Author Topic: Ic suffix  (Read 1435 times)

klonisgayjplay

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Ic suffix
« on: January 03, 2017, 01:10:26 PM »
I already bought all my ic's so it's really too late. But when you're shopping for an ic can you buy ic's that aren't the exact on the build of materials? Like instead of jrc4885 it's jrc4885ce. I made this example up, if my question is unclear please let me know and I'll search my orders for a specific example.

devilsnight

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Re: Ic suffix
« Reply #1 on: January 03, 2017, 10:53:49 PM »
The 4558 for example could be a 4558M (surface mount) or 4558D (Dual 8 pin) so that matters quite a bit. The prefix is the supplier, RC4558 (texas inst.) NJM4558 (new japan radio) etc... Different manufactures may sound different also. It is best to check the data sheet so you know what your buying! If you bought NJM4558's instead of JRC4558's no problem. Some say the JRC4558 is a better sounding chip, maybe why they specify the JRC.
« Last Edit: January 03, 2017, 10:56:27 PM by devilsnight »

BrianS

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Re: Ic suffix
« Reply #2 on: January 04, 2017, 09:04:44 AM »
I'm not an expert on this by any means but often another 8 pin IC can be substituted i.e., TL071 or 72, NE5532, OPA2134PA, etc.... in some builds.  Many times the build doc will tell you that.  Checking the data sheet as said above will ensure the IC is working like the build doc IC.  My best advice is you should always socket any IC you put on a board. Trying to desolder an IC from a board is normally going to lead to 2 things, a burnt IC and/or a burned up board. 

midwayfair

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Re: Ic suffix
« Reply #3 on: January 04, 2017, 09:28:32 AM »
Datasheets tell you what the letters at the end mean.

You're likely to look at them and say to yourself "Why should I care?"
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klonisgayjplay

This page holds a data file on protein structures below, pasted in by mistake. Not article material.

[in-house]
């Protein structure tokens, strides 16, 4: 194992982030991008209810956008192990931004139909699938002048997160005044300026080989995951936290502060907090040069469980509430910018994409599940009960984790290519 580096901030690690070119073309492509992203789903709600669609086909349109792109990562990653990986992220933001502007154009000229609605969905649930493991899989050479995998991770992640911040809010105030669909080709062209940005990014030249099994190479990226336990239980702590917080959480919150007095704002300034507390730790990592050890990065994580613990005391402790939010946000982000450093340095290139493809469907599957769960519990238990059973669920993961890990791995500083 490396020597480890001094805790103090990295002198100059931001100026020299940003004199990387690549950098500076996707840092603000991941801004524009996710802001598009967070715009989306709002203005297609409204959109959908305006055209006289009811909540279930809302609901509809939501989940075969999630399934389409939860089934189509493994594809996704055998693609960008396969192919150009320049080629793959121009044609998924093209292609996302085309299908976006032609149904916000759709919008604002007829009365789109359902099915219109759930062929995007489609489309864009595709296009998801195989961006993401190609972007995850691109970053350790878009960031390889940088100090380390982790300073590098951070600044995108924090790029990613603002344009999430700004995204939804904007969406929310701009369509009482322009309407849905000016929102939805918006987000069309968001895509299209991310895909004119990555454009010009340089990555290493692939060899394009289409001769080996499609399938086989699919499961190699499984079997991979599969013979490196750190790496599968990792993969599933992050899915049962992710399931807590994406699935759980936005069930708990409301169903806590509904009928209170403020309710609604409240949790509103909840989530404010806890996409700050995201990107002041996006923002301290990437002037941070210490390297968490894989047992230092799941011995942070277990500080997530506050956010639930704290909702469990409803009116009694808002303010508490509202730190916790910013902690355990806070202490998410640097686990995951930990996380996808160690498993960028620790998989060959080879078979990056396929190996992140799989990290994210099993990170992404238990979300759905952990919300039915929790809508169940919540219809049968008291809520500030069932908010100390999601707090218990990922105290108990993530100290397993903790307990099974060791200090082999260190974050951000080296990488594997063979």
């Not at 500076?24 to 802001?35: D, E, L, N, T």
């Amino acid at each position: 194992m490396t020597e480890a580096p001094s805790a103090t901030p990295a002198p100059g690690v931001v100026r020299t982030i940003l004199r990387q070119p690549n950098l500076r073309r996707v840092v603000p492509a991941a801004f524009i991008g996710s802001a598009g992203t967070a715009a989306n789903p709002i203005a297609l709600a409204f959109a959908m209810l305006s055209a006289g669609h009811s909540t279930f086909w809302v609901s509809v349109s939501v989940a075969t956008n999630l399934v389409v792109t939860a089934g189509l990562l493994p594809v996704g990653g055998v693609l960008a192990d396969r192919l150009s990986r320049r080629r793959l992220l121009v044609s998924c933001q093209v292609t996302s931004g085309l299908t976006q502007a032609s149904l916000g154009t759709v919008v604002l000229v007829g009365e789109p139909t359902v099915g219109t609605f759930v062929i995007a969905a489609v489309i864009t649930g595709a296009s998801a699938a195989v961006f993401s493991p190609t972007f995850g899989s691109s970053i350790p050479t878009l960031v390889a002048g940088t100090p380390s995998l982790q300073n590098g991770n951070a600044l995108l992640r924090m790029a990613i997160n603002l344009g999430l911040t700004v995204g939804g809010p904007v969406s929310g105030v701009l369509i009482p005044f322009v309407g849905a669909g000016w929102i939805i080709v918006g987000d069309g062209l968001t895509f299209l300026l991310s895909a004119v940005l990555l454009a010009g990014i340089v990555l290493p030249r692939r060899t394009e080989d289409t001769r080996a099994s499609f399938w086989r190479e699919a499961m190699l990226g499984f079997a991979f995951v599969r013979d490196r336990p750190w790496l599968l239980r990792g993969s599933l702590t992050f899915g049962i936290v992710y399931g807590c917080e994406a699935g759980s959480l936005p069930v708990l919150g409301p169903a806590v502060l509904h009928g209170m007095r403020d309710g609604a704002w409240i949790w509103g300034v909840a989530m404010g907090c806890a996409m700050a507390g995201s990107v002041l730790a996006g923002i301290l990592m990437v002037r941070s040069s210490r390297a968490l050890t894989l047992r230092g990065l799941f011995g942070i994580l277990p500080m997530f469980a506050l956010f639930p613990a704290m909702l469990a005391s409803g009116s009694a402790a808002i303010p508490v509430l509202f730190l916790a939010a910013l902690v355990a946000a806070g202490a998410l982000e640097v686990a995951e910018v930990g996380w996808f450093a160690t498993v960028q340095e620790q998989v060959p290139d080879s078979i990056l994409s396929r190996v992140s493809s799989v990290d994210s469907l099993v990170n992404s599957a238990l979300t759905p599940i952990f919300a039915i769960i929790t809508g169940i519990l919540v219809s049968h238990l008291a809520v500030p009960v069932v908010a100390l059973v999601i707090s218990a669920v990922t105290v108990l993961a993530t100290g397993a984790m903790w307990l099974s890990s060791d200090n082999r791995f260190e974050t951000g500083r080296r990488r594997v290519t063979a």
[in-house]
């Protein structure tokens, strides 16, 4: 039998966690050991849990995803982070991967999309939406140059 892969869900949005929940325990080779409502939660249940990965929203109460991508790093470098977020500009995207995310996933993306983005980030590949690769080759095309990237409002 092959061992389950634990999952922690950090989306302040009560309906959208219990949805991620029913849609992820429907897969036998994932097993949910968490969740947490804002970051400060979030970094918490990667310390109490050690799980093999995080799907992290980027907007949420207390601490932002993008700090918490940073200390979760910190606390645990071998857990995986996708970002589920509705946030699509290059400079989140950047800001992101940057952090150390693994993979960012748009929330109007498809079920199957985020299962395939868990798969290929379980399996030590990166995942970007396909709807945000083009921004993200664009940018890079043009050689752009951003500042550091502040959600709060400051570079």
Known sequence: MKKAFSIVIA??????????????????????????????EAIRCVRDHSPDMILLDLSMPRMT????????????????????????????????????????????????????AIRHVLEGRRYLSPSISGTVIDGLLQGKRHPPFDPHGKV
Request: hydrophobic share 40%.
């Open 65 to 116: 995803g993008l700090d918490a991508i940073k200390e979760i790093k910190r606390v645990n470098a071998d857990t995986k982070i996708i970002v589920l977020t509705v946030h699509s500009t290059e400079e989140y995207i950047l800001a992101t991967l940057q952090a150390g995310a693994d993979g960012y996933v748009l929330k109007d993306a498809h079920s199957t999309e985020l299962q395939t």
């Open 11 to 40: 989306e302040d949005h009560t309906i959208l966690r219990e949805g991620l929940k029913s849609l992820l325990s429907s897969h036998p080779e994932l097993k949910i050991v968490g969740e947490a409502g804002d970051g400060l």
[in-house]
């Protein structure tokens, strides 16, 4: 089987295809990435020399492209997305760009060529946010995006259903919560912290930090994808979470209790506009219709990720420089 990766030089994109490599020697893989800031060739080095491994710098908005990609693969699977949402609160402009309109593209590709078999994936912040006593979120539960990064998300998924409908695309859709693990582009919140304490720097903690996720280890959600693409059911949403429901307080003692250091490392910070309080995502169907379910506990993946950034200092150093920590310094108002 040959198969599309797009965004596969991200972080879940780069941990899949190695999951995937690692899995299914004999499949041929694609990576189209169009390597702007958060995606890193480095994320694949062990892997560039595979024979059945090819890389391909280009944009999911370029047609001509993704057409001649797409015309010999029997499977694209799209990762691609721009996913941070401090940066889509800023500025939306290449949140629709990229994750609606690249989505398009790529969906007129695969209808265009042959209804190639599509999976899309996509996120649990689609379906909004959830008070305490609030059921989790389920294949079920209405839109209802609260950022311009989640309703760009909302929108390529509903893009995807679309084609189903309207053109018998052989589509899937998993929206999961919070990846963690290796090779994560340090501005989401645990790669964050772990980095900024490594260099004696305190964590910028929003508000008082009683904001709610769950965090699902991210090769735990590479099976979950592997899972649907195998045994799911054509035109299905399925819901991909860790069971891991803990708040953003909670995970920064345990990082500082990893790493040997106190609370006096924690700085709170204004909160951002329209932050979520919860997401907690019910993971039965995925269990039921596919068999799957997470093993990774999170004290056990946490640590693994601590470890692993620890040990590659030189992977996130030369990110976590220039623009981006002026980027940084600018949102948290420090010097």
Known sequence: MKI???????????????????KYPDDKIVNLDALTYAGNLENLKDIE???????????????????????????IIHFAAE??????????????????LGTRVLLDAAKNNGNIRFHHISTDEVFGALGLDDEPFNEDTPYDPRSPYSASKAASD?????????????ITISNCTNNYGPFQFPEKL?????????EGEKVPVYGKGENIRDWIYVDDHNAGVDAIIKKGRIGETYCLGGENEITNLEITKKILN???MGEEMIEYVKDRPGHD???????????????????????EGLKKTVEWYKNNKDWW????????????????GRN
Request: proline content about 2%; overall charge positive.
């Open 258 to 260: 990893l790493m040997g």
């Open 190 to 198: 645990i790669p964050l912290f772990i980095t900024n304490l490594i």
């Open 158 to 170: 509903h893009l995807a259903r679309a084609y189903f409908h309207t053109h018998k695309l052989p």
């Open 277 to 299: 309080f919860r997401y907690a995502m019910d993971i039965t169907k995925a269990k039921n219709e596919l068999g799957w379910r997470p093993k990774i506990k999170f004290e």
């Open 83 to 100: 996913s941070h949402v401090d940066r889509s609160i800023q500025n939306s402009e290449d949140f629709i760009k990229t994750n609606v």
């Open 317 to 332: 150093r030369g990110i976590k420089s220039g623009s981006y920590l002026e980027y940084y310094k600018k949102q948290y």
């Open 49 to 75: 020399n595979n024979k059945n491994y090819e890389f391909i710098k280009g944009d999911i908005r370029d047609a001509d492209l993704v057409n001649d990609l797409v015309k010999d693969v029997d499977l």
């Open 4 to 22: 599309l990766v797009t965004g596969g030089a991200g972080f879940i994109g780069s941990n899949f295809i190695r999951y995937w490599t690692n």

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Re: Ic suffix
« Reply #4 on: January 05, 2017, 12:14:14 PM »
Yeah from now on I'm reading data sheets. I have a nautilus from a few years back I finally wired up that isn't working and it makes me realize I've been a little carefree with the way I've been building. Jon just want to thank you for your YouTube channel, it's super helpful and encouraging.

stringsthings

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Re: Ic suffix
« Reply #5 on: January 05, 2017, 12:31:39 PM »
Just make sure you get the right package.  For 99% of pedal builds, this will be DIP - dual inline package or PDIP - plastic dual inline package.
These indicate that the part is for through hole mounting which we want.
You don't want a surface mount package. ( ex. SO-#, SOIC-#,  SOP-#, ... )
Some of the other suffixes are for the how the chips are bundled.  ( ex. reel, tape, bulk )

Try searching for a common chip like a TL072 on the Mouser site.
You'll see a bunch of matches with pictures on the left of the different packages.
Op amps like the TL072 are used all over the place in the in the pedal work.
The datasheets are pretty informative and not all that weird once you get to know your way around them.

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klonisgayjplay

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Re: Ic suffix
« Reply #6 on: January 05, 2017, 02:46:21 PM »
Which leads me to my next question. When A pedal doesn't work what parts should I start debugging first? I'm sure this is very wrong of me but this is what I imagine to be the scale of fragility from most fragile to least fragile. Ic's, transistors/mosfets, diodes, capacitors, resistors.

ShredderNemo

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Re: Ic suffix
« Reply #7 on: January 05, 2017, 04:07:12 PM »
You would want to check your own work before anything. Every time I've had an issue come about it was a result of an error I made. Most of my mistakes have been:

Solder bridges (they can be tucked away, or really unnoticeable in some cases), poor connections or solder joints, a forgotten ground connection, transistor orientation/placement, wiring mistakes, or a component grounding out against an enclosure.

Hope this helps!

stringsthings

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Re: Ic suffix
« Reply #8 on: January 05, 2017, 04:54:20 PM »
Which leads me to my next question. When A pedal doesn't work what parts should I start debugging first? I'm sure this is very wrong of me but this is what I imagine to be the scale of fragility from most fragile to least fragile. Ic's, transistors/mosfets, diodes, capacitors, resistors.

Components rarely go bad.  As ShredderNemo said, most problems can be traced back to soldering issues. 

There are several schools of thought when it comes to trouble-shooting.  I like to start by checking that power is getting to the right places and then check that the circuit grounds are in the right place.  The schematic of the circuit will give you this important information.  Since many pedal circuits use a 9V power supply, you can use your DMM to verify that the correct places are getting 9V ( or very close to 9V ).  Some circuits use what is called a bias voltage that is usually 1/2 of the supply voltage; in this case, that would be 4.5V.  So there would be another voltage to check. 

After that, using some sort of audio probe can lead you to where the fault might be.   Or you could the continuity function on your DMM ( you do have one, right ? ) to check connections between parts. 
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